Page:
As an association we strive to keep you up-to-date on relevant information for your business. Please review the following important information below from CALSAGA Network Partner Bradley & Gmelich.


by Jaimee K. Wellerstein, Esp.

Arin Norijanian, Esq.

California employers are required to pay their non-exempt (hourly) employees for all hours worked.  They must also keep accurate wage statements and time records that correctly state the total hours worked by the employee. To comply with California’s timekeeping laws, many employers round employees’ clock-in and clock-out times to the closest quarter hour, tenth of an hour, or other interval. In the past, these “rounding” policies invited numerous lawsuits where employees claimed, often successfully, that they were not paid for all time worked.

On June 25, 2018, California’s Second District Court of Appeal upheld an employer’s rounding policy and practice in AHMC Healthcare, Inc. v. Superior Court. In doing so, the Court affirmed the Ninth Circuit Court of Appeals’ prior ruling, and expanded upon the criteria used to determine whether a rounding policy is neutral in practice, and thus lawful.

In AHMC Healthcare, the Court determined that the employer’s rounding policy was lawful. With regard to the policy, all employee time punches were rounded to the nearest quarter-hour, regardless of whether the employer benefited or not. The Court also noted that the rounding was neutral in practice, as evidenced by the results in a statistical study. Although some employees were undercompensated, most employees (approximately 52%) were overcompensated. The Court thus found that the rounding system “did not systematically undercompensate employees over time.”

Employer takeaway:

The good news for California employers is that rounding is lawful in California if the employer’s rounding policy is neutral on its face and in practice,  not resulting in an overall loss of pay for the employees.

The bad news is that although rounding is lawful, rounding policies may always invite legal challenges in California. Without careful analysis of the company’s rounding policy and practice, and whether it results in overall undercompensation or overcompensation to employees, rounding policies could still result in liability to employers.

The safest thing to do is to pay based upon actual time worked by the employee.  Employers will never be penalized or face a potential lawsuit for undercompensation claims for rounding.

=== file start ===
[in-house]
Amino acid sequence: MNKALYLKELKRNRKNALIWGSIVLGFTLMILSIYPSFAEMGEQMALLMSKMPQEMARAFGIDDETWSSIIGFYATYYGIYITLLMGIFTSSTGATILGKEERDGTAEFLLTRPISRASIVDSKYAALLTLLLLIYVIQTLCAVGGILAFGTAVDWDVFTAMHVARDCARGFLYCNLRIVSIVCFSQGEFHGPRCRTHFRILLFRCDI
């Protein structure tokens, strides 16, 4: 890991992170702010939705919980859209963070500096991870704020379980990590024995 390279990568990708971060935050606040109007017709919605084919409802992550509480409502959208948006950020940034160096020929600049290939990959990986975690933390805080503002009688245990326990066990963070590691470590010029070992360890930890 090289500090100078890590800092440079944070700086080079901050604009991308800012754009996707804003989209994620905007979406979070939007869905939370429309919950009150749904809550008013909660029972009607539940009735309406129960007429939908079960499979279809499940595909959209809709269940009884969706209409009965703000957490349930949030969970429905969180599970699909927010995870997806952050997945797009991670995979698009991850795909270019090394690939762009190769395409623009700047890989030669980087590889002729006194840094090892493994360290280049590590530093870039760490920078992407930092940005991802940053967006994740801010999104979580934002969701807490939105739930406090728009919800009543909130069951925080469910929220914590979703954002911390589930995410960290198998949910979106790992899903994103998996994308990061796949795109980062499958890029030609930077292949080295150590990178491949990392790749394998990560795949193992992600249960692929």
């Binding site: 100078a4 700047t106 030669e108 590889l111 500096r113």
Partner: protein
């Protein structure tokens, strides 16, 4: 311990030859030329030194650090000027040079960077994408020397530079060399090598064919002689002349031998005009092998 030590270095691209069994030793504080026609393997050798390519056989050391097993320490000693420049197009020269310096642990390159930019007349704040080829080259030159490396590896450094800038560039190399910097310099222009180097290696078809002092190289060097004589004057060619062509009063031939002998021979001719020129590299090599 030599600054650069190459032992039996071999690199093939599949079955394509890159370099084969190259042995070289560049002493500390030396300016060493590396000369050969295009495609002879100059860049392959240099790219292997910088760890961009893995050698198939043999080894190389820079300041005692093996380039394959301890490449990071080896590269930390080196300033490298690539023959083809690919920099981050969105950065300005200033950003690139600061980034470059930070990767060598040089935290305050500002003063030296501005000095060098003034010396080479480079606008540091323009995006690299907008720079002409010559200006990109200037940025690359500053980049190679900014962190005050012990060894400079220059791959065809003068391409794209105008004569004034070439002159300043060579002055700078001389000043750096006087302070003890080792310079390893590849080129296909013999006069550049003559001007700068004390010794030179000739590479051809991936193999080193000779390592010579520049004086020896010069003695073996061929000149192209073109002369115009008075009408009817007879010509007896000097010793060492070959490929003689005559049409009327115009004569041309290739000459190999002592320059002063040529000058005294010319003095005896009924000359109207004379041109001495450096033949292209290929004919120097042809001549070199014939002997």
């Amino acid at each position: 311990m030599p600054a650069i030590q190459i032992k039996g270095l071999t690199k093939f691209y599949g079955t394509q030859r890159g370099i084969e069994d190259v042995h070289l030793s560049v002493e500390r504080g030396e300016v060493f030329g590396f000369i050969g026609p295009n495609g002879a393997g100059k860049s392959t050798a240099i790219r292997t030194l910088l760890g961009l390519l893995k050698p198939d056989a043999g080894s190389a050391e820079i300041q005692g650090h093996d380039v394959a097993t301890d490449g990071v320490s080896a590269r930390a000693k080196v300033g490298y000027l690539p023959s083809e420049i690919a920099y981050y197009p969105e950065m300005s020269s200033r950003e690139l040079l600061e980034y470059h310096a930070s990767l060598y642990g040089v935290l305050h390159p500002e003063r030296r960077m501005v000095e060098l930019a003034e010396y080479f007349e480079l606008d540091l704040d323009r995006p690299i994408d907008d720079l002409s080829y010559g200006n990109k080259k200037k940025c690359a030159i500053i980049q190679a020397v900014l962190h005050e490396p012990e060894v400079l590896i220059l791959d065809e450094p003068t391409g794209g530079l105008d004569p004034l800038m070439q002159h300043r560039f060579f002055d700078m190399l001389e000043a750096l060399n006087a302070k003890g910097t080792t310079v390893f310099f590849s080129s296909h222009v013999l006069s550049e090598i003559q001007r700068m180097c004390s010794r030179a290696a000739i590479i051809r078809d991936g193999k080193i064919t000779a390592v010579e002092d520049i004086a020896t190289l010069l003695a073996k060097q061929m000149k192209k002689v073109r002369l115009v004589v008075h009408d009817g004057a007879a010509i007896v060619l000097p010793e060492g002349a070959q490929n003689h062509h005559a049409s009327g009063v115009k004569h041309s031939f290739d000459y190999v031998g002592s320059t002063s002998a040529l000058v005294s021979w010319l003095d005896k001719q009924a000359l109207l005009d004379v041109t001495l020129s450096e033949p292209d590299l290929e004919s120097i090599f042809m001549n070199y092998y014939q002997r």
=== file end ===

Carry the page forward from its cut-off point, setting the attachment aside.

Nevertheless, when utilizing a rounding policy, the best practice is to regularly review the Company’s policy and practice, and the impact on the employees to ensure the policy is neutral on its face, and the practice does not result in overall under compensation of employees.

Please contact Bradley & Gmelich LLP if you have any questions.

Jaimee K. Wellerstein is an experienced litigator with a broad spectrum of experience upon which to draw.  As the head of the firm’s employment team, she concentrates her practice in representing employers in all aspects of employment law, including defense of wage and hour class actions, discrimination, retaliation, harassment, and wrongful discharge lawsuits.  She also provides employment counseling and training in all of these areas. Ms. Wellerstein routinely represents employers in federal and state courts and in arbitration proceedings throughout the state, as well as at administrative proceedings before the Equal Employment Opportunity Commission, the California Department of Labor Standards Enforcement, the United States Department of Labor, and other federal and state agencies.

As a civil litigator, Ms. Wellerstein has represented clients from Fortune 500 companies to governmental agencies to small businesses throughout each stage of litigation. In addition to her employment law experience, she has honed her expertise in cases involving general tort litigation, premises and products liability, security guard litigation, public entity work, and contract disputes.



Arin Norijanian has successfully represented employers in lawsuits involving sexual and racial harassment, disability discrimination, retaliation, and wrongful termination in both California and federal courts and in private arbitration. His clients have benefited from his significant knowledge of the wage and hour laws in California, and his experience in defending these types of cases, including his excellent work on numerous and varied wage and hour class actions over the last several years.

Mr. Norijanian enjoys an excellent reputation as an employment litigator and a sound and prudent legal advisor in workplace labor matters. His experience in the employment arena includes conducting internal investigations, negotiating with labor bargaining units, and conducting training sessions for human resources personnel. Additionally, he provides advice and counsel to employers on various employment-related issues, including workplace investigations, disciplinary matters, leaves of absence, severance agreements, and review of policies.